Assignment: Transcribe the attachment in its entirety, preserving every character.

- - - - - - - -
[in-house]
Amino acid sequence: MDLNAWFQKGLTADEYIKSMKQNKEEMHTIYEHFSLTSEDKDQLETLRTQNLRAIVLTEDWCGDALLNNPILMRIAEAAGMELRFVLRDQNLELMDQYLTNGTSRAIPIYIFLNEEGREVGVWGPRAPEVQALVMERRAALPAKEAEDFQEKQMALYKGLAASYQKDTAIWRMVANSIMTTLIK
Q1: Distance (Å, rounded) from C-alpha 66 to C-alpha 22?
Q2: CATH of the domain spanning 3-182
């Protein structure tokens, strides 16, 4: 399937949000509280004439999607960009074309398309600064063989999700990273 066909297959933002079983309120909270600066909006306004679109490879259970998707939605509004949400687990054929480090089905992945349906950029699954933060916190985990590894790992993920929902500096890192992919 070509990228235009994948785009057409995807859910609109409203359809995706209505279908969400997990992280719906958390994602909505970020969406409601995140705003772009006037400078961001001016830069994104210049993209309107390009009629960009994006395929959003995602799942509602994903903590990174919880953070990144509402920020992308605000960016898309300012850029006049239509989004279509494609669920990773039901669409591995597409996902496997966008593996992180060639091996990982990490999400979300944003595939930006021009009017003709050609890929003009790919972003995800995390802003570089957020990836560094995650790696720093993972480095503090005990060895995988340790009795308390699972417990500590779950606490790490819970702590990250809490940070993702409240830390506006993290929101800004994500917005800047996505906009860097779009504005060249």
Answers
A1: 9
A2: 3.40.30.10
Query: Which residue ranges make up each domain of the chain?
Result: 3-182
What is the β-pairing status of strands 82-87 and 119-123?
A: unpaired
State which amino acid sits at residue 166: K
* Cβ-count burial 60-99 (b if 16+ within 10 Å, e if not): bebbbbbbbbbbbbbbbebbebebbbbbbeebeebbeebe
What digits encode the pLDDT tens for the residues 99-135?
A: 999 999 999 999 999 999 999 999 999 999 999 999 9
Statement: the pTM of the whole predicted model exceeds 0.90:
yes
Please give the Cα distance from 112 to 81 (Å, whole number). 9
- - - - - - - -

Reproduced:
[in-house]
Amino acid sequence: MDLNAWFQKGLTADEYIKSMKQNKEEMHTIYEHFSLTSEDKDQLETLRTQNLRAIVLTEDWCGDALLNNPILMRIAEAAGMELRFVLRDQNLELMDQYLTNGTSRAIPIYIFLNEEGREVGVWGPRAPEVQALVMERRAALPAKEAEDFQEKQMALYKGLAASYQKDTAIWRMVANSIMTTLIK
Q1: Distance (Å, rounded) from C-alpha 66 to C-alpha 22?
Q2: CATH of the domain spanning 3-182
């Protein structure tokens, strides 16, 4: 399937949000509280004439999607960009074309398309600064063989999700990273 066909297959933002079983309120909270600066909006306004679109490879259970998707939605509004949400687990054929480090089905992945349906950029699954933060916190985990590894790992993920929902500096890192992919 070509990228235009994948785009057409995807859910609109409203359809995706209505279908969400997990992280719906958390994602909505970020969406409601995140705003772009006037400078961001001016830069994104210049993209309107390009009629960009994006395929959003995602799942509602994903903590990174919880953070990144509402920020992308605000960016898309300012850029006049239509989004279509494609669920990773039901669409591995597409996902496997966008593996992180060639091996990982990490999400979300944003595939930006021009009017003709050609890929003009790919972003995800995390802003570089957020990836560094995650790696720093993972480095503090005990060895995988340790009795308390699972417990500590779950606490790490819970702590990250809490940070993702409240830390506006993290929101800004994500917005800047996505906009860097779009504005060249």
Answers
A1: 9
A2: 3.40.30.10
Query: Which residue ranges make up each domain of the chain?
Result: 3-182
What is the β-pairing status of strands 82-87 and 119-123?
A: unpaired
State which amino acid sits at residue 166: K
* Cβ-count burial 60-99 (b if 16+ within 10 Å, e if not): bebbbbbbbbbbbbbbbebbebebbbbbbeebeebbeebe
What digits encode the pLDDT tens for the residues 99-135?
A: 999 999 999 999 999 999 999 999 999 999 999 999 9
Statement: the pTM of the whole predicted model exceeds 0.90:
yes
Please give the Cα distance from 112 to 81 (Å, whole number). 9